Navigating the Digitalization of Mining Industry
Rakesh Sahay, Executive Director, Information and Communication Technology, Coal India Limited, in an interaction with CIOTechOutlook, shares his views on the current evolution of the mining industry from an IT adoption perspective, how the mining industry can ensure the safety, accuracy, and accessibility of data, integrating new technology with existing IT systems, and more.
Advanced technologies are creating exponential value for stakeholders across the mining engineering value chain. Emerging technologies including blockchain, IoT, AI, and robotics are being applied to a variety of mining engineering activities. How do you see the current evolution of the mining industry from an IT adoption perspective?
It is the right time for the mining industry to adopt digitalization in India. The adoption of advanced technologies does play an important role in the mining industry for performance enhancement and increasing productivity. While the emergence of digitalization - the key macro trend is impacting global mines, CXOs of top global mines believe that digital implementation will impact their business positively. Only a few of the digital mining solutions are mature and proven and there are many which are maturing fast and have a high potential to improve business performance.
Remote operation centers, autonomous operations, and the adoption of the cloud are some of the key enablers. Digital connectivity and sensors help in pursuing operational excellence and help in improving productivity, efficiency, and better management of risk through the integration of automation, IoT solutions, AI, cloud, and advanced analytics.
We implemented SAP a year ago and it is fully functional now. The biggest challenge that Coal India is having is its vast geographical expanse. We are spread across eight states and have eight subsidiaries, having more than 300 mines. Hence, the adoption of digitalization does pose a challenge for the coal industry in particular and the mining industry in general.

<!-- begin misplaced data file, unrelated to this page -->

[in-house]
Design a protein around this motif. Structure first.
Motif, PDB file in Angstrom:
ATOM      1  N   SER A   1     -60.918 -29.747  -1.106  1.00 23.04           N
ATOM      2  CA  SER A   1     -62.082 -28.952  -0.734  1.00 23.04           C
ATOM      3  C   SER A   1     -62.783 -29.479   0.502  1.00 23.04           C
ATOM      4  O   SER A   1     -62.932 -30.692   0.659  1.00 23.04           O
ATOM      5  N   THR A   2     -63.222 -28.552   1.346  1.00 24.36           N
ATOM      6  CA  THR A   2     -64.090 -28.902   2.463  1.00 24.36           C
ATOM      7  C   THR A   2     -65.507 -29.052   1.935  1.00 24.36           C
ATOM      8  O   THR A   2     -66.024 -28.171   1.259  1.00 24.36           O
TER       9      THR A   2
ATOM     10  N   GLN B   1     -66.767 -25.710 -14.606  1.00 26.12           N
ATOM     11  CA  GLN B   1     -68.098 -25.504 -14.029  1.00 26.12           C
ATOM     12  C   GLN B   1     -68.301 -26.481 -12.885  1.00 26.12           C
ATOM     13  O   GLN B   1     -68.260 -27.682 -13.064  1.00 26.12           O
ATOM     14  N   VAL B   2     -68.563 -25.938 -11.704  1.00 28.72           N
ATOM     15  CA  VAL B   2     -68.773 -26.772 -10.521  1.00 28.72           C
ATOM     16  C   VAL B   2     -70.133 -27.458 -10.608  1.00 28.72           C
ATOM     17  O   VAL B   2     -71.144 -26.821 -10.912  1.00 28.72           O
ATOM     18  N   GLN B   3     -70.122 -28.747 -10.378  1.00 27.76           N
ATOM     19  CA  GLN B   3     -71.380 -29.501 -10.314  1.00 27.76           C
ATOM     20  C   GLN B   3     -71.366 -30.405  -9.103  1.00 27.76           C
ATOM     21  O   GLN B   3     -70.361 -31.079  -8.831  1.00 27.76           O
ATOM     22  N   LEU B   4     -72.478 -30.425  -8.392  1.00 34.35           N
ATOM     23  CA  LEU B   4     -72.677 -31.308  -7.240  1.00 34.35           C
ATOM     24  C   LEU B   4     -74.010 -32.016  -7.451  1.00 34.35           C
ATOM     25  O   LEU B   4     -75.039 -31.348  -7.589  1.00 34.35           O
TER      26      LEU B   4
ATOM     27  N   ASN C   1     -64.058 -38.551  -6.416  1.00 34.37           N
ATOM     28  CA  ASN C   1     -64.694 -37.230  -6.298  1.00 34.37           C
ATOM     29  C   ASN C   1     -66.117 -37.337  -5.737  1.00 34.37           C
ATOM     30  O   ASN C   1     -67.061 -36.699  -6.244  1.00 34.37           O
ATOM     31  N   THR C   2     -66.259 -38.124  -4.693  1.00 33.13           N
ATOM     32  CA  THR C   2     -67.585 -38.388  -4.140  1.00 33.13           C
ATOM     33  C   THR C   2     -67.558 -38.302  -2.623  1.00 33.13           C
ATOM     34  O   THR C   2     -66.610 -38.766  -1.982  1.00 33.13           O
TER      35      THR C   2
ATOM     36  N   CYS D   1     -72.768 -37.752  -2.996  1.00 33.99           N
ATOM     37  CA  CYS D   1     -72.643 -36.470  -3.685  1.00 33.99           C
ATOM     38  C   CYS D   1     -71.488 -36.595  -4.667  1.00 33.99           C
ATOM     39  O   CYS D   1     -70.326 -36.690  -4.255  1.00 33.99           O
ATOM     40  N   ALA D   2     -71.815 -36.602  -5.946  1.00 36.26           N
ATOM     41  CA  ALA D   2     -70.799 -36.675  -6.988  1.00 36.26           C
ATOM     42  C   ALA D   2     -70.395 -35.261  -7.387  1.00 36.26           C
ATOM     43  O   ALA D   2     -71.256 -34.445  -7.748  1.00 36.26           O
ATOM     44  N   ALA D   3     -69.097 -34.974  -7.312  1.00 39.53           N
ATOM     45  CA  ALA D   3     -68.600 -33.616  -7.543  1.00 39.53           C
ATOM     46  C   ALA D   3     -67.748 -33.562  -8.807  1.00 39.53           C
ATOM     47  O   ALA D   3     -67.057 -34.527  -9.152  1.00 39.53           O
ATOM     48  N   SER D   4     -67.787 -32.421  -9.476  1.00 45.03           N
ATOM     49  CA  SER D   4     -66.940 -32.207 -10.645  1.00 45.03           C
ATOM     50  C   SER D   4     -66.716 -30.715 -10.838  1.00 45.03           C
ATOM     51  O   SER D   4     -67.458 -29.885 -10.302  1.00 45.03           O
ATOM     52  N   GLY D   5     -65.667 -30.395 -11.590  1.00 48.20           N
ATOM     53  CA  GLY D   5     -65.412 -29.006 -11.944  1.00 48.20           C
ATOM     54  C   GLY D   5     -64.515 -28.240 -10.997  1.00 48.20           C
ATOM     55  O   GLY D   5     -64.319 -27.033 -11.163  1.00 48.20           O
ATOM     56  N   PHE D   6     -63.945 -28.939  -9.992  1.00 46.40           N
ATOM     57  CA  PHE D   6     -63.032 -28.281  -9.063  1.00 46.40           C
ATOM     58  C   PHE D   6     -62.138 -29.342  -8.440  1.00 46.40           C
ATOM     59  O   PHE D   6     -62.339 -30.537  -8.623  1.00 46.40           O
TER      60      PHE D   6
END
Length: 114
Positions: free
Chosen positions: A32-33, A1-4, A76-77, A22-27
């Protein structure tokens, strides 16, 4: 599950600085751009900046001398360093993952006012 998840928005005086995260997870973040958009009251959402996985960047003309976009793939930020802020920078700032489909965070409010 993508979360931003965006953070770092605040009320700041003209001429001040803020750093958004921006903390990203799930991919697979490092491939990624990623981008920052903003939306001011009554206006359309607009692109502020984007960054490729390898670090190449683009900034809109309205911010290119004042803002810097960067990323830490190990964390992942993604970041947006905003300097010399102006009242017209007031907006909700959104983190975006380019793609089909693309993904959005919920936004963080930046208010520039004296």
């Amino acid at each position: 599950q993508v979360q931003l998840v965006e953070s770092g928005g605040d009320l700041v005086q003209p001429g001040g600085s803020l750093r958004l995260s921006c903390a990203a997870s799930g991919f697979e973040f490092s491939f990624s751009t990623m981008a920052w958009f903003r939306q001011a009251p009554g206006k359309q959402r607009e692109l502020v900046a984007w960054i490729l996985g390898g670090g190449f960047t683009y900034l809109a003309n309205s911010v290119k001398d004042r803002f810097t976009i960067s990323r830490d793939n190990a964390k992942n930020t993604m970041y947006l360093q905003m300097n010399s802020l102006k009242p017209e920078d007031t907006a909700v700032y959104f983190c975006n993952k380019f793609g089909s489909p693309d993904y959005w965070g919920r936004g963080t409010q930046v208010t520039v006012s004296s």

The mining industry generates a massive amount of data, and managing and analyzing this data is one of the biggest challenges faced by CIOs or IT-Heads. How can they ensure the safety, accuracy, and accessibility of this data?
The mining industry indeed generates a massive amount of data. There are various machines and sensor data with a humongous amount of data being generated. Although a lot of data is generated in the mining industry, it is neither collected and stored nor analyzed. To obtain insights from the data, it must be extracted from the end devices and transferred to the database on which analytics needs to run to gather insights. Traditionally, the mining industry has been using an on-premise model, but managing such massive data on-premises is not easy.
With the modern data security mechanism, the cloud is emerging as a great mechanism, using which miners can store some of the data that will ensure accessibility, accuracy as well as safety of the data. Coal India has additionally deployed a cloud system specifically for this, which is Edge Analytics. Using edge analytics, we can obtain insight into IoT and machine data. Furthermore, next-gen analytics in terms of the use of big data, machine learning, the Internet of Things, and data visualizations to gain real-time insights and predict outcomes can use the cloud in addition to edge analytics.